Farmers embracing prickly pear cactus as a multipurpose, income-generating crop

Photo credit: CGIAR Dryland Systems

Farmers Day at cactus field managed by the National Agricultural Research Center of Pakistan, Photo:ICARDA

A Prickly Cactus Journey: From Hellish Plant to Farmers’ Darling

Farmers in Pakistan are now embracing cactus as a multipurpose, income-generating crop to reduce risks associated with climate change


Today, the reality is very different. Farmers have not only changed their mind and beliefs about the cactus pear; they have actually increased their demand for its production.

Adapted to extreme conditions, the cactus pear can grow and survive in severely degraded soils and areas, where not much of anything else will grow. Given its high water efficiency and content, the cactus pear can sustain livestock through the driest of seasons. Compared to many other common crops and fodder, the cactus pear is easy to establish, maintain, and utilize. Its well-developed root system, which avoids wind and rain erosions, makes it an ideal feed crop in the face of climate change conditions.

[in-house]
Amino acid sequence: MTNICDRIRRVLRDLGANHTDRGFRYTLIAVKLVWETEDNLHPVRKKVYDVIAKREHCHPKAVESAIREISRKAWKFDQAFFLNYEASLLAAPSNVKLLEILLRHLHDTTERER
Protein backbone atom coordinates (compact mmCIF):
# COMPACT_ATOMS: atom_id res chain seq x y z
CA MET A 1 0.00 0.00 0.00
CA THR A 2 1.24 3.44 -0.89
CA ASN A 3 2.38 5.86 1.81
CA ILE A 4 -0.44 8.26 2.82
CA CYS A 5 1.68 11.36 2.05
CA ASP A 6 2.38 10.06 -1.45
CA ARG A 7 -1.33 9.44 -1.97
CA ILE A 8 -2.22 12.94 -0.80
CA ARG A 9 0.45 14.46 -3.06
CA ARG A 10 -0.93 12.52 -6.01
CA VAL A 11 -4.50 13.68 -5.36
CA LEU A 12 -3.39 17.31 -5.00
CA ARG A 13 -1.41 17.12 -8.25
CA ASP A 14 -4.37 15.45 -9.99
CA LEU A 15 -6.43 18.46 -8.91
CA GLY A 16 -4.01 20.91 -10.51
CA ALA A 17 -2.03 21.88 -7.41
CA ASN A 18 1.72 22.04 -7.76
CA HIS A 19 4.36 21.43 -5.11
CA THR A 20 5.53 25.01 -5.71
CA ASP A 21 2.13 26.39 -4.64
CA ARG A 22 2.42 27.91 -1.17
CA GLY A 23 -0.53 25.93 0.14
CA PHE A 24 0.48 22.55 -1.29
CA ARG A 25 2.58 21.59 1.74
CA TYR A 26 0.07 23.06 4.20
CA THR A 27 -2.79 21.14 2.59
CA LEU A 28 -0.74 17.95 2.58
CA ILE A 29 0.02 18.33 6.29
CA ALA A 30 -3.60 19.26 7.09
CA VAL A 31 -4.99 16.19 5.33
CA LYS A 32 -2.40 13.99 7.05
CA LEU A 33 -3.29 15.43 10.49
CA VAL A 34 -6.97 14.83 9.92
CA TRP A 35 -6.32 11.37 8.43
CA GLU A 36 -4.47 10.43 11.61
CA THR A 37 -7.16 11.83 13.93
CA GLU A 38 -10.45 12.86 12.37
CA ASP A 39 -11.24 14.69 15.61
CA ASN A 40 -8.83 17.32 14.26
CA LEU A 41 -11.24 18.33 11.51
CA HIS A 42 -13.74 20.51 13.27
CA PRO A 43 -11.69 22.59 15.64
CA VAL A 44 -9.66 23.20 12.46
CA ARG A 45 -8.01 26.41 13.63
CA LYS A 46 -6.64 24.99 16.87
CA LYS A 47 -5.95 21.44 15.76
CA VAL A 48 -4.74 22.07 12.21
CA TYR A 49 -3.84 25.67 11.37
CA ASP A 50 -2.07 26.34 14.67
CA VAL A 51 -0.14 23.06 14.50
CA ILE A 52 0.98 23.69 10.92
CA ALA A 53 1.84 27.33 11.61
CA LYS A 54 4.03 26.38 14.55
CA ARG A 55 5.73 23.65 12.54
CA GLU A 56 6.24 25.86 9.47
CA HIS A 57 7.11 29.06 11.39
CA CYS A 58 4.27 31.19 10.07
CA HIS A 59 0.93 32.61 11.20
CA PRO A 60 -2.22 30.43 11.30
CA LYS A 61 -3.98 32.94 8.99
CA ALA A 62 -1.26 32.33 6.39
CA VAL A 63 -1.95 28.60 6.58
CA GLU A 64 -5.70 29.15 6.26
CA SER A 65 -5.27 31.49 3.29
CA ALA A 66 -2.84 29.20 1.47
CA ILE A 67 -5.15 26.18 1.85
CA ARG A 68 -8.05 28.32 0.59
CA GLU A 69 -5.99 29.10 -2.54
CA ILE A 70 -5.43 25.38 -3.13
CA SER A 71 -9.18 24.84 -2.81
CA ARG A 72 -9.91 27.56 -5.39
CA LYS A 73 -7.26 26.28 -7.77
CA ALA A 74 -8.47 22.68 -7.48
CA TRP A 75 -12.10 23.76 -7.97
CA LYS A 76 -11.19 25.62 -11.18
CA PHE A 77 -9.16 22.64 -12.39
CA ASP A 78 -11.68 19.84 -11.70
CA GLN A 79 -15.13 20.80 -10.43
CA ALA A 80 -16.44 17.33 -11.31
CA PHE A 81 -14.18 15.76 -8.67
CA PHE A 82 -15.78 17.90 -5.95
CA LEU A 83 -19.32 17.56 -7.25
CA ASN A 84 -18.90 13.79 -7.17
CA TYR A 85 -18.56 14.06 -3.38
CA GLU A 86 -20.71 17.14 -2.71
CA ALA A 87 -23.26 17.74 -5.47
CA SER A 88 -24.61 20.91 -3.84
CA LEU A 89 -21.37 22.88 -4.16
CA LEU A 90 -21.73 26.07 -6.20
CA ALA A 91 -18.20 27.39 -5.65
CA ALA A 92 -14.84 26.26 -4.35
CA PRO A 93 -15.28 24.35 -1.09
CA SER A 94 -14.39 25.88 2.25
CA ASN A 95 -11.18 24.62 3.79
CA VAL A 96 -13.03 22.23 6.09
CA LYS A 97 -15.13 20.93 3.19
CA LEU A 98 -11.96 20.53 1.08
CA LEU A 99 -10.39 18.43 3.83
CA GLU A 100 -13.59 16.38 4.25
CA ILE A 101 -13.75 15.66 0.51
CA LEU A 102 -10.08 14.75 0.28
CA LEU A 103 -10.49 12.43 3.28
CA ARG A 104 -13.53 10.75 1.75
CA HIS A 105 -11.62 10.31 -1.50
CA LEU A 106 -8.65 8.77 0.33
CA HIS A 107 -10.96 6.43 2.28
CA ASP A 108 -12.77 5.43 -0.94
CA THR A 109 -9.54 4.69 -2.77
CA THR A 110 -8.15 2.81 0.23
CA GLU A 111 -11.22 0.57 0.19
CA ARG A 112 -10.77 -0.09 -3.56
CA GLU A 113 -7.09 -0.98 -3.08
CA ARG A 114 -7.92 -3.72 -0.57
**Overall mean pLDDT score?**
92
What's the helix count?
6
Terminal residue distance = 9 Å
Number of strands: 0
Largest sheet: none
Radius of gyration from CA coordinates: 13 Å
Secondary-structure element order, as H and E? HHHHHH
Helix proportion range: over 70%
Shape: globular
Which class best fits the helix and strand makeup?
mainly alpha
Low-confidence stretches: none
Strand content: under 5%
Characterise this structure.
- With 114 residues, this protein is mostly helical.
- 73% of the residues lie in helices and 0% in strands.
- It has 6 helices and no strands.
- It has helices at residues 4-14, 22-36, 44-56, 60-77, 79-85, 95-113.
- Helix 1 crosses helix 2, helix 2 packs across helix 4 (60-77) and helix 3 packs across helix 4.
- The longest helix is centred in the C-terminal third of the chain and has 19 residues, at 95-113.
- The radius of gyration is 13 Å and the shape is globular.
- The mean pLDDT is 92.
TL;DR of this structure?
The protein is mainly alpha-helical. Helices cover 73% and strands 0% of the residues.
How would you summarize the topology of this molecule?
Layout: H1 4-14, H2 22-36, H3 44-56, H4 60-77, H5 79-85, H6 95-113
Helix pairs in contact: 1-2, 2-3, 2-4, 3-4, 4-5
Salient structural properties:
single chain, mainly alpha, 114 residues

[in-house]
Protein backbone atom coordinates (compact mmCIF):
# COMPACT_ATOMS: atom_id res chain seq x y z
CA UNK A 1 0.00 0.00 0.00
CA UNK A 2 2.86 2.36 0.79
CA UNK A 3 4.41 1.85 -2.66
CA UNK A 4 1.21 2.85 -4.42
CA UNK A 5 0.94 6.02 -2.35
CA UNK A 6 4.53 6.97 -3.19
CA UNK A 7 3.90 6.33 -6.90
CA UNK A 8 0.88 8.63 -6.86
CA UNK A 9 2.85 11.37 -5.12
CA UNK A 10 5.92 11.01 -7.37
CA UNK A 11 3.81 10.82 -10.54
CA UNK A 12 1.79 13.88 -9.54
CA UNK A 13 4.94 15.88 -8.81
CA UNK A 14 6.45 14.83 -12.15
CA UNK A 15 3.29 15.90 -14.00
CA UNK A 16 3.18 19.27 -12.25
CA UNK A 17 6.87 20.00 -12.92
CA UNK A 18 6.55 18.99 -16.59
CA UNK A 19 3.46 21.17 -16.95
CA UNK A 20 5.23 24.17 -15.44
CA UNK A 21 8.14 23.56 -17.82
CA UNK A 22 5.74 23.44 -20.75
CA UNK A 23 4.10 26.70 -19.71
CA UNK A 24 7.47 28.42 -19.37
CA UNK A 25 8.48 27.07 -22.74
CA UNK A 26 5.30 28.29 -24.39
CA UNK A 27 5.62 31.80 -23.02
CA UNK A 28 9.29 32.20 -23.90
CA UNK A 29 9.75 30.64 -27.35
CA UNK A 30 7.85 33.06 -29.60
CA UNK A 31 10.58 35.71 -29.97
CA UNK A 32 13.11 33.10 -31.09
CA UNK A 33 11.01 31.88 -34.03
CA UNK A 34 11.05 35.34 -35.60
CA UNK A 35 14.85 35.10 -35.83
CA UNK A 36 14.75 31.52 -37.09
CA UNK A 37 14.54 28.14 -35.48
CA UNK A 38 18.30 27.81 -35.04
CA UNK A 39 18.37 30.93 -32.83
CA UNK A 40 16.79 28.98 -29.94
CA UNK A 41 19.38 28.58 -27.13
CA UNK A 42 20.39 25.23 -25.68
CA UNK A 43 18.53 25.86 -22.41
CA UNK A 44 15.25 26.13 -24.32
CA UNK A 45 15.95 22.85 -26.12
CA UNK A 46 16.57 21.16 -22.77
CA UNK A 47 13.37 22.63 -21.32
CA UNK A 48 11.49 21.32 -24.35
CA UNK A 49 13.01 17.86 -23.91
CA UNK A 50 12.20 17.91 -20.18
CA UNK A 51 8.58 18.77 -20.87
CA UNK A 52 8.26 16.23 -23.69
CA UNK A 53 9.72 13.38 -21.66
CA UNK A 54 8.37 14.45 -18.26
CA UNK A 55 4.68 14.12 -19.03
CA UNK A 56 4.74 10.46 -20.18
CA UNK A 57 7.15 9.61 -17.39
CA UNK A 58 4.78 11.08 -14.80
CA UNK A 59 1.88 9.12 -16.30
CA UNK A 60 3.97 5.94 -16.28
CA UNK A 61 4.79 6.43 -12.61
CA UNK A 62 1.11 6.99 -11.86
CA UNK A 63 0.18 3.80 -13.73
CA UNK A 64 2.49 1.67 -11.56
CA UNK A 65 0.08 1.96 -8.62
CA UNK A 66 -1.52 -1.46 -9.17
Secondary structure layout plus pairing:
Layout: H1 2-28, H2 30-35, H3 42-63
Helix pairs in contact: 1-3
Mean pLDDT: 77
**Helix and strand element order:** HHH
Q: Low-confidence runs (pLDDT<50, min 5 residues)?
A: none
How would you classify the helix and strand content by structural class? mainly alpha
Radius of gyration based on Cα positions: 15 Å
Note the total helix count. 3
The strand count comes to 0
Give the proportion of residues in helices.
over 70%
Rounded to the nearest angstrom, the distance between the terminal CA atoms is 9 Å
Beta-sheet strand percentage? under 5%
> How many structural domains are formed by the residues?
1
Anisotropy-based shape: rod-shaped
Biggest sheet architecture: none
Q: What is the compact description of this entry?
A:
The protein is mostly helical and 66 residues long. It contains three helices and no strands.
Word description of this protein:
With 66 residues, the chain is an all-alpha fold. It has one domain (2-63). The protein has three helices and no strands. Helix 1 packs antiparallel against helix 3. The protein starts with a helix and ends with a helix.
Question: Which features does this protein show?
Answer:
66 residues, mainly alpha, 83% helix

ICARDA and ILRI scientists, in collaboration with the Pakistan Agricultural Research Council and the National Agricultural Research Center of Pakistan, supported by the CGIAR Research Program Dryland Systems and the USAID-funded Agriculture Innovation Program for Pakistan have been conducting a series of on-farm demonstrations and farmer field days in the Chakwal research action site in Punjab Province  to showcase the multiple uses of the cacti crop, including feeding livestock on chopped cactus pads.

It did not take long before farmers started to ask cactus pads to be planted in their fields. The farmers’ change of heart towards the cactus pear has generated a new problem. There is not enough supply to meet the demand.

Author: Willem Van Cotthem

Honorary Professor of Botany, University of Ghent (Belgium). Scientific Consultant for Desertification and Sustainable Development.

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